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10 years of LOFAR highlights: Super-slow pulsar challenges theory

In 2017 LOFAR detects the slowest spinning radio pulsar to date. The neutron star spins around once only every 23.5 seconds almost three times more slowly than the slowest spinning radio pulsar detected up to that point (8.5 seconds).

Published by the editorial team, 3 June 2020

The discovery is a joint effort of the University of Manchester, ASTRON and University of Amsterdam; University of Manchester PhD-student Chia Min Tan makes the discovery as part of the LOFAR Tied-Array All-Sky Survey, which searches for pulsars in the Northern sky. Each survey snapshot of the sky lasts for one hour, which is much longer compared to previous surveys. Solely due to this high sensitivity this slow rotating neutron star, which is approximately 14 million years old, can be detected.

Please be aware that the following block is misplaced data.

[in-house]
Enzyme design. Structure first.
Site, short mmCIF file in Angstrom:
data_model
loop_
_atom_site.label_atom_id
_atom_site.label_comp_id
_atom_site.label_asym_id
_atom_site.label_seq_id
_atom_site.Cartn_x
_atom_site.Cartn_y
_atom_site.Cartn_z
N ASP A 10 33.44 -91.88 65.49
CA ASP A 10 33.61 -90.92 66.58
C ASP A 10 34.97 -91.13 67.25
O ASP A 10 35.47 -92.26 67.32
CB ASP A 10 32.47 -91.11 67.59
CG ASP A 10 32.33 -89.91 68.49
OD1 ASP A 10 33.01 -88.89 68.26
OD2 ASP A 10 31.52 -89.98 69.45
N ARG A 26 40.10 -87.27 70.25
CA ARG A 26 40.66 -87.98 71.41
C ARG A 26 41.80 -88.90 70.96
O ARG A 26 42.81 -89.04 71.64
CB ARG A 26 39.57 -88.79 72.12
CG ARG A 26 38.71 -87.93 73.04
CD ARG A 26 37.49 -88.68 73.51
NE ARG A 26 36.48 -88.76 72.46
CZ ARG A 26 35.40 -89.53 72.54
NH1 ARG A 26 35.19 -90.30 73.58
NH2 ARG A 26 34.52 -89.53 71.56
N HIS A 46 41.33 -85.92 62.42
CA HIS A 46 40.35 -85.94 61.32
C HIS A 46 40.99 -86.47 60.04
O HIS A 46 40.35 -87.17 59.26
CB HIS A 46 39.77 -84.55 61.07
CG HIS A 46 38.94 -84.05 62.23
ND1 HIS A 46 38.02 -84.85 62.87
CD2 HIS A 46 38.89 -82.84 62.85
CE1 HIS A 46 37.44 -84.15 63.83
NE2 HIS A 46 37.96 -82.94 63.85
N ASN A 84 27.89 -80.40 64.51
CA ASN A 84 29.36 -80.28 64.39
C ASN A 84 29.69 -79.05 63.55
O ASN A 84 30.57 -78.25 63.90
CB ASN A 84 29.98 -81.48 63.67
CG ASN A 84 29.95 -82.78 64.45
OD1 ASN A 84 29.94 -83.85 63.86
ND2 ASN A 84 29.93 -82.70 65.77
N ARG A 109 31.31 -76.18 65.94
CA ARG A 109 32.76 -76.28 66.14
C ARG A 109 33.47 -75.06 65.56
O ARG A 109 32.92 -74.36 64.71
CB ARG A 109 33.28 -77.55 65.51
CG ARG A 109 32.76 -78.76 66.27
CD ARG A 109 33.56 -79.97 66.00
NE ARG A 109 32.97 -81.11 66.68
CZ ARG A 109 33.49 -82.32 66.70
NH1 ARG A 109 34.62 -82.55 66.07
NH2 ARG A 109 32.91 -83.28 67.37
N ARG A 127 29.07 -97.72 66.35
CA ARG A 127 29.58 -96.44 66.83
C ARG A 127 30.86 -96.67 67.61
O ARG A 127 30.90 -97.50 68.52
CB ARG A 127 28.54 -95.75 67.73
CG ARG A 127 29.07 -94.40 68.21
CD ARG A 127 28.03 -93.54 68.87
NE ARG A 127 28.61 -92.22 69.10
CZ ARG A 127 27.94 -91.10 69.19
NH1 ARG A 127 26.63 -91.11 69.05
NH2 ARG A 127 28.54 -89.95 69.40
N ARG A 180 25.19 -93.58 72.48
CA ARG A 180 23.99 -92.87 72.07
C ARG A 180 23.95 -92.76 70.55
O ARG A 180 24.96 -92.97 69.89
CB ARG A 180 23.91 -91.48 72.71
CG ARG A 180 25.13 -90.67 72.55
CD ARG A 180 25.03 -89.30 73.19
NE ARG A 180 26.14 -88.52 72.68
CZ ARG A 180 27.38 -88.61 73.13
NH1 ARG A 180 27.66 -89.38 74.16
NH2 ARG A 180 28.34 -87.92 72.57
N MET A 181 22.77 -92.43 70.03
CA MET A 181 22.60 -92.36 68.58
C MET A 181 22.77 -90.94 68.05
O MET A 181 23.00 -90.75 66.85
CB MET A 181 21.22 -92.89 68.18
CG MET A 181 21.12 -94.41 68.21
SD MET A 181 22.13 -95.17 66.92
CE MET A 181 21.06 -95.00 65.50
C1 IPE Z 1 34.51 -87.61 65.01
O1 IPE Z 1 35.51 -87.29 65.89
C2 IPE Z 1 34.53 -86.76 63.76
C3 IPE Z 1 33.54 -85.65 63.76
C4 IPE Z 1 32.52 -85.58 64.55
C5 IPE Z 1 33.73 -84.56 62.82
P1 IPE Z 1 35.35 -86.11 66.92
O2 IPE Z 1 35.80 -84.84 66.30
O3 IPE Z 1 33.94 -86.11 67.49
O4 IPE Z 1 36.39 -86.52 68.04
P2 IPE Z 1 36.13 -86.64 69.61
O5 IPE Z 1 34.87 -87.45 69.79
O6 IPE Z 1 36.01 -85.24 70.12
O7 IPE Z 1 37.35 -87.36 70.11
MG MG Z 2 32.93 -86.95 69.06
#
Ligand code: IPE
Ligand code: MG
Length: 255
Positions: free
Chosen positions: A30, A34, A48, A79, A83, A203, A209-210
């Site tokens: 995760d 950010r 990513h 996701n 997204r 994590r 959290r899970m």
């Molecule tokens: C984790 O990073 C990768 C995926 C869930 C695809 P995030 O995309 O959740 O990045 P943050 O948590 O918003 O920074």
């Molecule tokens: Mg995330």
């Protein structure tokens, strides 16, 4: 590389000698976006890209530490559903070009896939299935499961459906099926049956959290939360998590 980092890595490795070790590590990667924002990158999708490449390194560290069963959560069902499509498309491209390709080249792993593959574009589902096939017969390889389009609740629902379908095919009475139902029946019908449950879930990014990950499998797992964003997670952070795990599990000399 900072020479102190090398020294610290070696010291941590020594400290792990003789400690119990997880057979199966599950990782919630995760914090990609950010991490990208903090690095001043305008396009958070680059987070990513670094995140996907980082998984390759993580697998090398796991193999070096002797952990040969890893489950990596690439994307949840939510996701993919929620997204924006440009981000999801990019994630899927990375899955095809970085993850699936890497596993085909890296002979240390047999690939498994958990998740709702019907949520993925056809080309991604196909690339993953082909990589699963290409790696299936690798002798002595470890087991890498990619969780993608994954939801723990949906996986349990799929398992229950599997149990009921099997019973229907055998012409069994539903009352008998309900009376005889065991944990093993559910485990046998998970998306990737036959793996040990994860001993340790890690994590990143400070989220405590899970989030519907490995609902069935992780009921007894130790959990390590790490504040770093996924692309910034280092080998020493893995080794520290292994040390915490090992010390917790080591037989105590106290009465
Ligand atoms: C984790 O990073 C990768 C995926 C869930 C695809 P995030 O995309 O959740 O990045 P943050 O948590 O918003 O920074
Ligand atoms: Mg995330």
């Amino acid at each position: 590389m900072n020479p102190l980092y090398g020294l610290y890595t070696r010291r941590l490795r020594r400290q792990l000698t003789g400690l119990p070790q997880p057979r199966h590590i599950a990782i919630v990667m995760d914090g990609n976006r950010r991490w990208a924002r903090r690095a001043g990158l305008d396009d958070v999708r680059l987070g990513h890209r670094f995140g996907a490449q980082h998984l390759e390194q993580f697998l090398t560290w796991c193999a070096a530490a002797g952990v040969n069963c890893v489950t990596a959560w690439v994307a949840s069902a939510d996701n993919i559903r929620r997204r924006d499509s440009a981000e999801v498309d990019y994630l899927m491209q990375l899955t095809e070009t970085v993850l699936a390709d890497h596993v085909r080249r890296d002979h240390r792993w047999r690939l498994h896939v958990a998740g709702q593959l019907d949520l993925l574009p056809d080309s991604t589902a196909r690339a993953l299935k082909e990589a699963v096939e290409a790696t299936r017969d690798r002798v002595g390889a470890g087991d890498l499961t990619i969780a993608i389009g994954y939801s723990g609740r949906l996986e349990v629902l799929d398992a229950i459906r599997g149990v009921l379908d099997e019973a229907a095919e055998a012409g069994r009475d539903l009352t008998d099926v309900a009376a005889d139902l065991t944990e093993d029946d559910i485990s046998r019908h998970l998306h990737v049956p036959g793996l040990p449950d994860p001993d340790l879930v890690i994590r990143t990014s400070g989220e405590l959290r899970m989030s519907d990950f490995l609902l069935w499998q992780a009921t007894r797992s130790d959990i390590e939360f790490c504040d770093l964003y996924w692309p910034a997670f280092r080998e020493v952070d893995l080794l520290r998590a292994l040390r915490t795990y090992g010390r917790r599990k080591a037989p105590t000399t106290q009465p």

The fact that such a slow spinning pulsar still emits radio waves strong enough to detect, challenges the current theories of how pulsars shine.

Artist’s conception of the 23.5-second pulsar. Radio pulses originating from a source in the constellation Cassiopeia travel towards the core of the LOFAR telescope array. (Credit: Danielle Futselaar/ASTRON)

On 12 June 2020, LOFAR celebrates its tenth anniversary. The radio telescope is the world’s largest low frequency instrument and is one of the pathfinders of the Square Kilometre Array (SKA), which is currently being developed. Throughout its ten years of operation, LOFAR has made some amazing discoveries. It has been a key part of groundbreaking research, both in astronomy and engineering. Here we feature some – but definitely not all – of these past highlights, with surely more to come in the future.



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